To have a release you must have a start and end date, a set of work to be accomplished and a customer sign off. Why plan for this - reduce the time of meetings by producing rapid estimates of the work to be done. TRUST YOUR GUT!! This is not about being precise, but accurate. It’s about close enough to best estimate your release. In many ways this secures funding to move forward with ideas and solutions to determine whether we are going to get the right level of return or not.
One of the true keys to the value and efficiency around release planning. TIMEBOX your planning sessions. There should be some acknowledgement from a Product Owner as to when backlog items would be desirable in a timeframe and a proposed go to market strategy. If this doesn’t exist at a high level at this point, your product may be evolving so quickly that we need to get a picture of what is most important now so you can capitalize on small iterations and the feedback gained from them.
No, it absolutely should not take all day to plan for a release. PLEASE plan for an hour and at most two. Preparation that goes into this session with the entire team is crucial because you don’t want a team of highly paid developers, testers, architects, DBA’s and others sitting around while you are typing into the computer what they are saying or what the Product Owner is explaining. There needs to be enough information to move to the next step. This is the beauty of Just in Time documentation which helps us have an idea of what ideas are being percolated to move forward with. Having the right people for the right discussions at the right time is crucial.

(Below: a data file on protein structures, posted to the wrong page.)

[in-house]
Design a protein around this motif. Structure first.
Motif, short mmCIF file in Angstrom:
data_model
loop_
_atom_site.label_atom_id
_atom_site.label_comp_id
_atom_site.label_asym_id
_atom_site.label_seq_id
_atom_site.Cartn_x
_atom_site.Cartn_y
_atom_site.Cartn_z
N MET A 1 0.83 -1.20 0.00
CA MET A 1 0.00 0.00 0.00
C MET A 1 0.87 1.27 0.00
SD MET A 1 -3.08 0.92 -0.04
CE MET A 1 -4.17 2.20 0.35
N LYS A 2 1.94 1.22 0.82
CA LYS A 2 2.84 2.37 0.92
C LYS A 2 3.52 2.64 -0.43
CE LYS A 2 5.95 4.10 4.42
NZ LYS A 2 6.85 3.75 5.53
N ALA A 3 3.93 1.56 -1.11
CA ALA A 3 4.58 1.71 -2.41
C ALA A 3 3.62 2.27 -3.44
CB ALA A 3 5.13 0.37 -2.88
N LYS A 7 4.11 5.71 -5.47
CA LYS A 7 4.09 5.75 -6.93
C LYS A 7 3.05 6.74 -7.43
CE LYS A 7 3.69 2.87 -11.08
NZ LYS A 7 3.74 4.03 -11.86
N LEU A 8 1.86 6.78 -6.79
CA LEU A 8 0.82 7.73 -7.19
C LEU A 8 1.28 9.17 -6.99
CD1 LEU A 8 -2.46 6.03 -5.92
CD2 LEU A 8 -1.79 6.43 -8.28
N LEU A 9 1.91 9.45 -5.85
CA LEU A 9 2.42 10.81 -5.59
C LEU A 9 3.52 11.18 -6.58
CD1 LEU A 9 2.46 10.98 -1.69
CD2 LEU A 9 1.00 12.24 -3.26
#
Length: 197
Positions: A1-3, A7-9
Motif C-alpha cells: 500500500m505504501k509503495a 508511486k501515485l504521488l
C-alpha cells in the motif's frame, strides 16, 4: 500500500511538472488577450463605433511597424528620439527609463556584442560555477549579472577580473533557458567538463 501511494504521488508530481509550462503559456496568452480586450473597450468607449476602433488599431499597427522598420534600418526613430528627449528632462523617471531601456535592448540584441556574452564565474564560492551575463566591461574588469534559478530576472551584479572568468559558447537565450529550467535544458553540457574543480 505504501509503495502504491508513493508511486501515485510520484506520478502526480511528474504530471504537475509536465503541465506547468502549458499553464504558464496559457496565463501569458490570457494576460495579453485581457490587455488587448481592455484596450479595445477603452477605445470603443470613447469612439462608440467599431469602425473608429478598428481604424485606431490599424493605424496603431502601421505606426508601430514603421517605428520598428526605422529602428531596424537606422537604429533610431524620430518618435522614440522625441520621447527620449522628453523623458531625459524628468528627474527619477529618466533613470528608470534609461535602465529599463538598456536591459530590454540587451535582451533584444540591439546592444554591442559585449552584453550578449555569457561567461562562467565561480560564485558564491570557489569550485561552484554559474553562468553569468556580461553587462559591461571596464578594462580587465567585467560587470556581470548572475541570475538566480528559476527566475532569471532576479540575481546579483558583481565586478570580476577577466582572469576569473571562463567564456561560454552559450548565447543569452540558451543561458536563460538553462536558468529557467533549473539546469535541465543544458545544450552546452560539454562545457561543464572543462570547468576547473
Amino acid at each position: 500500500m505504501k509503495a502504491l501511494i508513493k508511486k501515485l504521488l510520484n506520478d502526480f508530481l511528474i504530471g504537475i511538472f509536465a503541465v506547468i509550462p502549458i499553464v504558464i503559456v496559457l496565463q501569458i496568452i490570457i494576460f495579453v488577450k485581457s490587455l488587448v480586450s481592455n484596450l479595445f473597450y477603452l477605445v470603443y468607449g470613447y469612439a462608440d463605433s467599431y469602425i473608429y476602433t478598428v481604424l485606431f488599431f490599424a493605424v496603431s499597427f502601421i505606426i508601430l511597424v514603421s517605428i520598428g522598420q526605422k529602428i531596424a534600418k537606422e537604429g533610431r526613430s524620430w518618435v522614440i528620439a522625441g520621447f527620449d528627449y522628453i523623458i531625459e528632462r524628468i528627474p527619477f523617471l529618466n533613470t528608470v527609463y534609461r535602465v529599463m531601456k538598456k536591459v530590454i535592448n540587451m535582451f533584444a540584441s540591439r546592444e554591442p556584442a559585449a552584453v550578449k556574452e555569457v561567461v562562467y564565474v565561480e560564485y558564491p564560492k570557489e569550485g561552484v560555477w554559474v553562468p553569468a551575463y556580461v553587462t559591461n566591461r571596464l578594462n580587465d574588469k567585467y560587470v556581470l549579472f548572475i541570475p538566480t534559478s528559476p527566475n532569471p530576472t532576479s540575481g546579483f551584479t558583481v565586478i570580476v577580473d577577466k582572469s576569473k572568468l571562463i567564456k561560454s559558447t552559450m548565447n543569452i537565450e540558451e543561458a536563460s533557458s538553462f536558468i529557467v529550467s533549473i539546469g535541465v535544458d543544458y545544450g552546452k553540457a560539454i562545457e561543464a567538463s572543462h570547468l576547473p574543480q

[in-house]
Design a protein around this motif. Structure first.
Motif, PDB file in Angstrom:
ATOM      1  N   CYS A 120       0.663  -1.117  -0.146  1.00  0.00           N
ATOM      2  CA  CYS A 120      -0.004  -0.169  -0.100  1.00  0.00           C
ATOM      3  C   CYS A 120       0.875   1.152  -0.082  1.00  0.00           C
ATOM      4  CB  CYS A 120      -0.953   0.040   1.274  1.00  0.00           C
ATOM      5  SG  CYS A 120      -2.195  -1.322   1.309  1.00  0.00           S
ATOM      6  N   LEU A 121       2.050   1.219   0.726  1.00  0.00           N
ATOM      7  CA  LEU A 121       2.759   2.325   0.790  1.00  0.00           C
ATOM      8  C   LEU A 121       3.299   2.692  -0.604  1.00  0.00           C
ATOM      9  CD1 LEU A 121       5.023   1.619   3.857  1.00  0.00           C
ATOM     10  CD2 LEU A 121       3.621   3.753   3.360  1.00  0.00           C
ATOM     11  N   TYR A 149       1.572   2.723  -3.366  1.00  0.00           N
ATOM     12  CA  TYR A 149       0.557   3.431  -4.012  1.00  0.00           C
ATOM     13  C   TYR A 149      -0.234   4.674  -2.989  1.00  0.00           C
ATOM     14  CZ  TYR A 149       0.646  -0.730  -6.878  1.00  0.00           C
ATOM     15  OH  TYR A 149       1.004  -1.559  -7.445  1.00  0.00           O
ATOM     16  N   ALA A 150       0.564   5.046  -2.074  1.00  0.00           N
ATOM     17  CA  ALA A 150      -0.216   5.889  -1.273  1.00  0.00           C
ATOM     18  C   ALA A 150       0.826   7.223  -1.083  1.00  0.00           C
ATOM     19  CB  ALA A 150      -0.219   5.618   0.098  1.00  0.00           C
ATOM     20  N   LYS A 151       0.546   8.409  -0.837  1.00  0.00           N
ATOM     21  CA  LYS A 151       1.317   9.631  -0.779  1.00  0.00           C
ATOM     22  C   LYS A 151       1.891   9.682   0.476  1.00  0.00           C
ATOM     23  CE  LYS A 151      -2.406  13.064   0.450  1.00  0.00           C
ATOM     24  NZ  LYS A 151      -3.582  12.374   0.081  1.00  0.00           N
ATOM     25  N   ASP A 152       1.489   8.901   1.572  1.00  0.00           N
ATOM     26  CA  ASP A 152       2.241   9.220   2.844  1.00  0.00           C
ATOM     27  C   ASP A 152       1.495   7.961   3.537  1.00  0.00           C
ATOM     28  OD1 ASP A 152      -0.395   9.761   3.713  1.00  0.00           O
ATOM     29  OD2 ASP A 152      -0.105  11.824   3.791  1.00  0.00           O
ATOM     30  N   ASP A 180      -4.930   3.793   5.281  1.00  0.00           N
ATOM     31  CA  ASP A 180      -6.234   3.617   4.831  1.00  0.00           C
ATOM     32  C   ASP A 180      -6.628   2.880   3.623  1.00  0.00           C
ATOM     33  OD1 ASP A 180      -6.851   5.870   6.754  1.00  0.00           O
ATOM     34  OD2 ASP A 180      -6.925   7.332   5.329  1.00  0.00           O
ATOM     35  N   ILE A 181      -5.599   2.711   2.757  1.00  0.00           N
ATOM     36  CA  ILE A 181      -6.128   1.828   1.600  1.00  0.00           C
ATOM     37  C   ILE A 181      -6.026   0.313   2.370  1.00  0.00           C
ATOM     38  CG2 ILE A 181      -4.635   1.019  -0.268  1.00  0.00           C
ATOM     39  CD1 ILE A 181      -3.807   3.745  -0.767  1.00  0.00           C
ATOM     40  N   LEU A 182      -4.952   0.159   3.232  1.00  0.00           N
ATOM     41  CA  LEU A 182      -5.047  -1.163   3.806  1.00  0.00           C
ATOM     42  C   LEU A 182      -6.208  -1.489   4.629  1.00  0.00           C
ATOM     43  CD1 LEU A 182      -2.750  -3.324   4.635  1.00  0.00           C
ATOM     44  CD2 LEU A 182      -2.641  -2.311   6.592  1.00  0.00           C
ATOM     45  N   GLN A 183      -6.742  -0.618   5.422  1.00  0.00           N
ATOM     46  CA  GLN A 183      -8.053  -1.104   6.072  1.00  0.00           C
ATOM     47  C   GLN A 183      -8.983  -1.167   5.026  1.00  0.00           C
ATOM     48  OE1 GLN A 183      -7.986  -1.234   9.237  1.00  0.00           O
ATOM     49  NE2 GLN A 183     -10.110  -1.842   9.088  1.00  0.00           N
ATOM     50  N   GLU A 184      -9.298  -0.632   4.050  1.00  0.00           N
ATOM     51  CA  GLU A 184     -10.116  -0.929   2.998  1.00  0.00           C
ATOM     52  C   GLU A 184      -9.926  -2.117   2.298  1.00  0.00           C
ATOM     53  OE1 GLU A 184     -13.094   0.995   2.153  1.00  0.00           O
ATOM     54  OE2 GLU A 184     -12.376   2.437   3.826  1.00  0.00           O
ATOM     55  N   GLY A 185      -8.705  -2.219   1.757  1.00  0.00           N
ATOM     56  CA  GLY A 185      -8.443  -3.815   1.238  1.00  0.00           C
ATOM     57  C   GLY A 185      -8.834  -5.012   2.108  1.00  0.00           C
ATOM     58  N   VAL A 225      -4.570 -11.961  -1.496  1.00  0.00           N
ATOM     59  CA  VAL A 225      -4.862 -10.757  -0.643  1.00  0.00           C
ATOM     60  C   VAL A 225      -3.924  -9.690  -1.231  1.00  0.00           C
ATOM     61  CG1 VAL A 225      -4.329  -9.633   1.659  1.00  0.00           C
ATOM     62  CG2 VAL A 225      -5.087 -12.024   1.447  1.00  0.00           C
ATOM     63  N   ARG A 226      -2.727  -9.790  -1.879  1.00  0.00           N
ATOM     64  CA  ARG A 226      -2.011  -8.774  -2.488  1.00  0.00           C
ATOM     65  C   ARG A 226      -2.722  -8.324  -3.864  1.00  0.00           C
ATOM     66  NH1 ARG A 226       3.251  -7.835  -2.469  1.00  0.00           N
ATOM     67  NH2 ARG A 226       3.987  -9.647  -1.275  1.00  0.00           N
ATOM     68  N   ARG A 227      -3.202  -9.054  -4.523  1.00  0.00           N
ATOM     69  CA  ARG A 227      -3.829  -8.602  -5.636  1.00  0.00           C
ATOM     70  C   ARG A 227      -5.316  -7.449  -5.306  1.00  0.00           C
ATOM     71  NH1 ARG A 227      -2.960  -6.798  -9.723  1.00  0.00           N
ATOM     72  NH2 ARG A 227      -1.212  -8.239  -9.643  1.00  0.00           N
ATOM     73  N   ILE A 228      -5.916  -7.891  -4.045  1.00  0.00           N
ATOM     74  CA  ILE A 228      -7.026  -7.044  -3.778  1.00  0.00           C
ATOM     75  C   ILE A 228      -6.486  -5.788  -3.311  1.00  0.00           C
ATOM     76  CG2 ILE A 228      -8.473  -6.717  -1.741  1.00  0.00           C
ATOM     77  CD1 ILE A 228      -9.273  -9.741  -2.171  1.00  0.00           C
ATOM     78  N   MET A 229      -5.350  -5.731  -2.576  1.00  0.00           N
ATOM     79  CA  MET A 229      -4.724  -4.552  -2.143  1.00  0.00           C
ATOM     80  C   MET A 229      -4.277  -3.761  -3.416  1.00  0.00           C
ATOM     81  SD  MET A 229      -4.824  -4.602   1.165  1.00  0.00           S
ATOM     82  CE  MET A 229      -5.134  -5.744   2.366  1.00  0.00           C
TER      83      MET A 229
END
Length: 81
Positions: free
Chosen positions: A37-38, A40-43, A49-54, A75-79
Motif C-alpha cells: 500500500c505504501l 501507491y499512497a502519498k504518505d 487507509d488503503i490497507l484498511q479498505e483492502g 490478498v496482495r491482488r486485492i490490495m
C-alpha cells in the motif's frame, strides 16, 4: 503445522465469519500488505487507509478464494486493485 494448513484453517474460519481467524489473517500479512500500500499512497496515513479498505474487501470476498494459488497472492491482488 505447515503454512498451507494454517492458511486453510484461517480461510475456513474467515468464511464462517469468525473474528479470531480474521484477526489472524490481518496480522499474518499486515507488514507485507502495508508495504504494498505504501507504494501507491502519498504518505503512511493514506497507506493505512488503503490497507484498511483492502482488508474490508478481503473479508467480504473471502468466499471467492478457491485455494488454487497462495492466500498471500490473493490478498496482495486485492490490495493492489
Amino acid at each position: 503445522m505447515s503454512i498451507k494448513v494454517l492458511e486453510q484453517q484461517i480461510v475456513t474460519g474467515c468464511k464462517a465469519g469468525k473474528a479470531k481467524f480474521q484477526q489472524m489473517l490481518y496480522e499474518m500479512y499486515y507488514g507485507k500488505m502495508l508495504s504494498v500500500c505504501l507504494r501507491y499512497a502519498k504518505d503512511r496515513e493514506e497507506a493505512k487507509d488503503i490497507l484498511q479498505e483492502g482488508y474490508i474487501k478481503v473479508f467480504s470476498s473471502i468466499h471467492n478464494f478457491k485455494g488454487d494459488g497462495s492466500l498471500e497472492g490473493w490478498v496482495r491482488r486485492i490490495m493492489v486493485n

Understanding the Work to Be Done
Whether they are called use cases, epics, user stories, tasks, subtasks, defects, bugs or anything else, there needs to be an understanding of what work is being looked at for the potential release timeframe. These bold questions below will help the conversation move forward to know what there is to potentially be worked on in the near future.
Who is the target stakeholder (internal or external)....is this a member of leadership, a team member or a consumer / customer?
What is the problem to solve?
Why do we want to solve it?
So here’s what a common template looks like to address these questions:
As a <user> I would like to <do this> so that I receive <desired benefits>.
Example: As a trainer, I would like total registrations to be visible by session so that I know when to take other actions to ensure those training sessions don’t need to be cancelled.
When is when we discuss acceptance criteria. What needs to be possible or completed in order to claim your definition of done. This is a product of a mature backlog that will then become a product of a successful sprint and sprint planning